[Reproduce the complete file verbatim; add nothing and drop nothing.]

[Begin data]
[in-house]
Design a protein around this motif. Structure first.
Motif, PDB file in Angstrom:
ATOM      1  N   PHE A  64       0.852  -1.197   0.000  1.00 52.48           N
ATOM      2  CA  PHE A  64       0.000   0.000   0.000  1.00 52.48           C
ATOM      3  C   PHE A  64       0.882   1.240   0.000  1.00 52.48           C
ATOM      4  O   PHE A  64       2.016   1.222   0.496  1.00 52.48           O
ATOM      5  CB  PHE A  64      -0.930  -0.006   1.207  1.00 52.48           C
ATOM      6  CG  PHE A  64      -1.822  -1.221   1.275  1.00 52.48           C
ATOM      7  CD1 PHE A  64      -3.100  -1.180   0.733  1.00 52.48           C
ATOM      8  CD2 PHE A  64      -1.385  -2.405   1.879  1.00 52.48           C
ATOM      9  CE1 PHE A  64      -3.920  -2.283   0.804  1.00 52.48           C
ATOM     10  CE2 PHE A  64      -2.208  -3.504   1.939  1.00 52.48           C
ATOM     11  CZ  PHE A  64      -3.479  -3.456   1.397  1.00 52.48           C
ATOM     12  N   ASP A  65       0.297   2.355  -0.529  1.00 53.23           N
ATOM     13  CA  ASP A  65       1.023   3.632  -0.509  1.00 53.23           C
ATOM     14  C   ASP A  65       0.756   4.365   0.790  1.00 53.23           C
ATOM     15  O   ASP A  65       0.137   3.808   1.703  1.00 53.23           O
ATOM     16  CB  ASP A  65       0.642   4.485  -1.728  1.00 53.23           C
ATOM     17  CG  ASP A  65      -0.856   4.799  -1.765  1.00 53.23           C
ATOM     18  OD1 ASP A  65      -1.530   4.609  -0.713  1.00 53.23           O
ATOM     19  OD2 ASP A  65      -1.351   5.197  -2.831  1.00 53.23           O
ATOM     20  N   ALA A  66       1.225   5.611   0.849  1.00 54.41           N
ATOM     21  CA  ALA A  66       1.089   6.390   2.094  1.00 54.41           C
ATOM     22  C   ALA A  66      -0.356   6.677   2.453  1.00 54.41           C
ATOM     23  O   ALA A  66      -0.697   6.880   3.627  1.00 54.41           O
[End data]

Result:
[in-house]
Design a protein around this motif. Structure first.
Motif, PDB file in Angstrom:
ATOM      1  N   PHE A  64       0.852  -1.197   0.000  1.00 52.48           N
ATOM      2  CA  PHE A  64       0.000   0.000   0.000  1.00 52.48           C
ATOM      3  C   PHE A  64       0.882   1.240   0.000  1.00 52.48           C
ATOM      4  O   PHE A  64       2.016   1.222   0.496  1.00 52.48           O
ATOM      5  CB  PHE A  64      -0.930  -0.006   1.207  1.00 52.48           C
ATOM      6  CG  PHE A  64      -1.822  -1.221   1.275  1.00 52.48           C
ATOM      7  CD1 PHE A  64      -3.100  -1.180   0.733  1.00 52.48           C
ATOM      8  CD2 PHE A  64      -1.385  -2.405   1.879  1.00 52.48           C
ATOM      9  CE1 PHE A  64      -3.920  -2.283   0.804  1.00 52.48           C
ATOM     10  CE2 PHE A  64      -2.208  -3.504   1.939  1.00 52.48           C
ATOM     11  CZ  PHE A  64      -3.479  -3.456   1.397  1.00 52.48           C
ATOM     12  N   ASP A  65       0.297   2.355  -0.529  1.00 53.23           N
ATOM     13  CA  ASP A  65       1.023   3.632  -0.509  1.00 53.23           C
ATOM     14  C   ASP A  65       0.756   4.365   0.790  1.00 53.23           C
ATOM     15  O   ASP A  65       0.137   3.808   1.703  1.00 53.23           O
ATOM     16  CB  ASP A  65       0.642   4.485  -1.728  1.00 53.23           C
ATOM     17  CG  ASP A  65      -0.856   4.799  -1.765  1.00 53.23           C
ATOM     18  OD1 ASP A  65      -1.530   4.609  -0.713  1.00 53.23           O
ATOM     19  OD2 ASP A  65      -1.351   5.197  -2.831  1.00 53.23           O
ATOM     20  N   ALA A  66       1.225   5.611   0.849  1.00 54.41           N
ATOM     21  CA  ALA A  66       1.089   6.390   2.094  1.00 54.41           C
ATOM     22  C   ALA A  66      -0.356   6.677   2.453  1.00 54.41           C
ATOM     23  O   ALA A  66      -0.697   6.880   3.627  1.00 54.41           O